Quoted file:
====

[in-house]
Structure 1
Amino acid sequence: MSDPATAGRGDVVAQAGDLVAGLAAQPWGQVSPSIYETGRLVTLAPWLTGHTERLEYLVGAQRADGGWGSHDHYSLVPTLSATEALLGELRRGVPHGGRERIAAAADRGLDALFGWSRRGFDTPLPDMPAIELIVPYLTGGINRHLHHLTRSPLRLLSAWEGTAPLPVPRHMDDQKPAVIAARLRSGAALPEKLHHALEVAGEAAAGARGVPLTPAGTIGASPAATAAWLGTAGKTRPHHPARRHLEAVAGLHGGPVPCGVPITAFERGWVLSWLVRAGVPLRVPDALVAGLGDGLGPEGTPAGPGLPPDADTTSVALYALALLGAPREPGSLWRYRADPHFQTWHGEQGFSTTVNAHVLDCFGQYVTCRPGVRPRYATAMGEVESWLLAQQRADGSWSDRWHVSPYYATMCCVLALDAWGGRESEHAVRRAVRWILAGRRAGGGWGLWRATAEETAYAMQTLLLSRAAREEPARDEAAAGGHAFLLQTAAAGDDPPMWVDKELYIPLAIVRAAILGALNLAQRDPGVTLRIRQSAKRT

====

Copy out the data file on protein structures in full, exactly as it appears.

[in-house]
Structure 1
Amino acid sequence: MSDPATAGRGDVVAQAGDLVAGLAAQPWGQVSPSIYETGRLVTLAPWLTGHTERLEYLVGAQRADGGWGSHDHYSLVPTLSATEALLGELRRGVPHGGRERIAAAADRGLDALFGWSRRGFDTPLPDMPAIELIVPYLTGGINRHLHHLTRSPLRLLSAWEGTAPLPVPRHMDDQKPAVIAARLRSGAALPEKLHHALEVAGEAAAGARGVPLTPAGTIGASPAATAAWLGTAGKTRPHHPARRHLEAVAGLHGGPVPCGVPITAFERGWVLSWLVRAGVPLRVPDALVAGLGDGLGPEGTPAGPGLPPDADTTSVALYALALLGAPREPGSLWRYRADPHFQTWHGEQGFSTTVNAHVLDCFGQYVTCRPGVRPRYATAMGEVESWLLAQQRADGSWSDRWHVSPYYATMCCVLALDAWGGRESEHAVRRAVRWILAGRRAGGGWGLWRATAEETAYAMQTLLLSRAAREEPARDEAAAGGHAFLLQTAAAGDDPPMWVDKELYIPLAIVRAAILGALNLAQRDPGVTLRIRQSAKRT